## Why the differences in unevangelized and unreached population numbers

By Joshua Project’s numbers,there are 3,001,557,000 unreached individuals.

By the Center for the Study of Global Christianity (@CSGC), there are 2,124,216,000 unevangelized individuals.

While these two numbers are “similar” they are different by about 800 million people. Why the difference?

As I’ve noted before, “unreached is not unevangelized.” Part of the difference is in the definition.

A second difference is in how the numbers are computed, and that’s what I’m going to focus on here, briefly.

Joshua Project uses its criteria to identify 7,050 unreached peoples. It totals the populations of each of these groups to arrive at the 3 billion total.

CSGC, on the other hand, calculates the percentage of each group which is Christian, and the percentage of each which is unevangelized. Christians are counted according to affiliated church members of all traditions. The unevangelized are computed by measuring each of 40 ministries (things like the JESUS Film, Scripture distribution, broadcasting, mission work, indigenous church work, etc). Each ministry is estimated to contribute a certain percentage of evangelized; by adding up all the ministries we arrive at a percentage of the population that is evangelized. (And, mathematically, 100 minus this percentage gives us the unevangelized).

So:

CSGC computes the total number of unevangelized individuals as the sum of all the unevangelized individuals *within* every group. There are some unevangelized people in every group – more in the Punjabi and less among USA Whites, but they are there nonetheless.

Joshua Project only counts the people within the unreached groups – it’s more an “all or nothing” approach. This is *entirely appropriate* because of the differences in definition. A group is “unreached” *in total* if the church within the group cannot finish the task without outside assistance.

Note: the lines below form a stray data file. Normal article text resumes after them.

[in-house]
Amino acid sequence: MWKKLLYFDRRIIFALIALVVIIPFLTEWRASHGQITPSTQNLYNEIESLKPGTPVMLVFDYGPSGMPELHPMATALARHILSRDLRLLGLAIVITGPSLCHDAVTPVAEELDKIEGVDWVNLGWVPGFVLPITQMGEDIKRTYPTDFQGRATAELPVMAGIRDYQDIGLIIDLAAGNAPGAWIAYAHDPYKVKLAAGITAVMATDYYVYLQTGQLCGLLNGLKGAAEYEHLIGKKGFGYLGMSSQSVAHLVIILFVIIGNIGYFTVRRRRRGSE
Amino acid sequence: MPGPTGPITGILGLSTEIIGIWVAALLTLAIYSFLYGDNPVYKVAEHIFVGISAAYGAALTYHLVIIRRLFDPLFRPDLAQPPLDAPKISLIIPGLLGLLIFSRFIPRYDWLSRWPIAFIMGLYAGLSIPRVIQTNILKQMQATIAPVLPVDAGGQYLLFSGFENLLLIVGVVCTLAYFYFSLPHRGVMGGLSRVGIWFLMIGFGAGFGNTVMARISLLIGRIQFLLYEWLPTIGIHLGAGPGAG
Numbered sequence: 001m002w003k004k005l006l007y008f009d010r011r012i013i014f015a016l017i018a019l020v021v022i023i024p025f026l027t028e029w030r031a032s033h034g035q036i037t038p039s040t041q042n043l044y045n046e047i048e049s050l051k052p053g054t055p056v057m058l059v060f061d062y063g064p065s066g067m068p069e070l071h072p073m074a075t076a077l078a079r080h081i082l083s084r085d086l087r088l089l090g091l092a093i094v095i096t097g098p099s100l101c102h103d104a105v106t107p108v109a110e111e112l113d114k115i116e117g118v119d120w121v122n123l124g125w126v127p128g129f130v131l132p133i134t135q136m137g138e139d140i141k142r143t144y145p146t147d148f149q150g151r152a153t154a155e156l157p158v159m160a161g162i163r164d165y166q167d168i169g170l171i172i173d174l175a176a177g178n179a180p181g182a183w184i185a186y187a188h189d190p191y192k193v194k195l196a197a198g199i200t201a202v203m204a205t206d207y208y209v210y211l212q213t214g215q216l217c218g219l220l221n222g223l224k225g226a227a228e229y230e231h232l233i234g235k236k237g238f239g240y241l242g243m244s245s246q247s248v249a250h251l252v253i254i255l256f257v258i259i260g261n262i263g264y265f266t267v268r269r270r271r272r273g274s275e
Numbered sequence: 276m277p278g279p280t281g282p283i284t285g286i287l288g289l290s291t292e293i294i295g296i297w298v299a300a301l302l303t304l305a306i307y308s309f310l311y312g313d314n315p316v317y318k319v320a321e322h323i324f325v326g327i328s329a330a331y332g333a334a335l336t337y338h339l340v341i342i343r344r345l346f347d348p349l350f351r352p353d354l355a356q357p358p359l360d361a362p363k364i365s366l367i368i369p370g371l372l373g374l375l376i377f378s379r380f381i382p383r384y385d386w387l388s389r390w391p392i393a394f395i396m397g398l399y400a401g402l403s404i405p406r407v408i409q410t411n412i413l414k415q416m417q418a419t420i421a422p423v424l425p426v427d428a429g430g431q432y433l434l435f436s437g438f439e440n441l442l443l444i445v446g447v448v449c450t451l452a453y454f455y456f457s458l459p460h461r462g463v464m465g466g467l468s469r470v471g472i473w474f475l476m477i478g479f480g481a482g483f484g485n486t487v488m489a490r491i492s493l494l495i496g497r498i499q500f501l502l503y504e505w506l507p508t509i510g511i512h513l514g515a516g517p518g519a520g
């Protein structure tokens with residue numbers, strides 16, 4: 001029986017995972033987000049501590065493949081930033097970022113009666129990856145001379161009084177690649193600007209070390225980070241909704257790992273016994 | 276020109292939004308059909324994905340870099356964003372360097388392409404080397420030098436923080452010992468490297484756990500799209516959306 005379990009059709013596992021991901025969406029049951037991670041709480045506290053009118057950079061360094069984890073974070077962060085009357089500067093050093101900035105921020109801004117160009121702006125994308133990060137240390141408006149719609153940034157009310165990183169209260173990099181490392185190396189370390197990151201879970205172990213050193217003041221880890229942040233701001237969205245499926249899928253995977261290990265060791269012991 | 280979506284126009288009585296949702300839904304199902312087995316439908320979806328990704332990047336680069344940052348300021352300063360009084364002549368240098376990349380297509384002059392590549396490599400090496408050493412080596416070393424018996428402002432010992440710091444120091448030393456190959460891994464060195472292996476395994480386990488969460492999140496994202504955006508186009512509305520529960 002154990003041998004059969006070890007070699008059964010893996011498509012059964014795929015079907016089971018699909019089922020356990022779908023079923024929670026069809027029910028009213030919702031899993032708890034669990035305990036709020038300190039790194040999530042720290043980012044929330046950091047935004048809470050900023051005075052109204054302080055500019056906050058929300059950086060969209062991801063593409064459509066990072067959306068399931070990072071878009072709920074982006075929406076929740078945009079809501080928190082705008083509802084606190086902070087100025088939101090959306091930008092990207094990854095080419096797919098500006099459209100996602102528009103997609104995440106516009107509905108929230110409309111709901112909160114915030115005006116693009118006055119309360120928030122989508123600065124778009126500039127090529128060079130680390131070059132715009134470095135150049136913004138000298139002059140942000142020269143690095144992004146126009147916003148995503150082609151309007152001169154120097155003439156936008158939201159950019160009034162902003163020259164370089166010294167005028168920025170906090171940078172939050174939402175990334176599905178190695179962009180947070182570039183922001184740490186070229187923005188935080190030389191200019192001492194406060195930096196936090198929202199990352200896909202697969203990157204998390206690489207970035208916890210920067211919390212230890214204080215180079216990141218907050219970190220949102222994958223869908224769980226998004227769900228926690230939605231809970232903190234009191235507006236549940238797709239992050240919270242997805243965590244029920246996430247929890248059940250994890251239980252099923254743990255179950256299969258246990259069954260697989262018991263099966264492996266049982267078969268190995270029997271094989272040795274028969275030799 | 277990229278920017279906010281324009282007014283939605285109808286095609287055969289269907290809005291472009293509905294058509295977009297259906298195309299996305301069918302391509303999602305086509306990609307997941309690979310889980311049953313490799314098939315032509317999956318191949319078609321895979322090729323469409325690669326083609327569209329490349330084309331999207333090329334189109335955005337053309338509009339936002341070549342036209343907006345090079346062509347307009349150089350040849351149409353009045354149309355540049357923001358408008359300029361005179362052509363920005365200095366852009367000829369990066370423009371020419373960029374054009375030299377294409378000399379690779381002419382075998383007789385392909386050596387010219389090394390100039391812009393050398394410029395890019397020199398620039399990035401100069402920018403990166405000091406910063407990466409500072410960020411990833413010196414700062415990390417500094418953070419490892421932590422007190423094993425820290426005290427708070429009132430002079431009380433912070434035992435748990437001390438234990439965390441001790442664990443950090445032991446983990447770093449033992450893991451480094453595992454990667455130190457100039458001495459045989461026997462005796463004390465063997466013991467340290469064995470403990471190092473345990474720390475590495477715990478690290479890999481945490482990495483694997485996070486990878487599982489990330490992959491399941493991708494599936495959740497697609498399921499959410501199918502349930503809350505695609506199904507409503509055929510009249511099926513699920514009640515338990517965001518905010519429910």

Now, obviously, the Christians within an “unreached” group are not themselves unreached. But the reality is, they matter very little to the total of Christians or unreached people. Why? Because, for a group to be unreached, the number of Christians must be relatively small (less than 5%).

The net result: numbers that are different (by 800 million) but very similar – almost within a rounding-up of each other. It’s not as if one says 1 billion and the other says 4 billion. And the reason is simple: most groups are either heavily Christian or heavily not, there’s not a lot of groups “in the middle.” Why the difference of 800 million? I haven’t run the numbers in specific, but I’ve got a strong hunch: a lot of the largest unreached groups are heavily evangelized. There’s a lot of work but not a lot of responsiveness (yet!). So while the totality of these groups count toward the unreached populations, less counts toward the unevangelized populations.

What’s the point of all this? Different methodologies can yield somewhat different numbers. Yet, if you understand *how* and *why*, you see these two different approaches yield results that are really pretty close to each other. That’s a good check to show the portrait, if fuzzy, is still accurate.

Which number should you use? Use either, but be sure to append the appropriate “unreached” or “unevangelized” when you do. I personally use the unevangelized numbers, but Joshua Project remains my go to website for specific details on specific unreached peoples.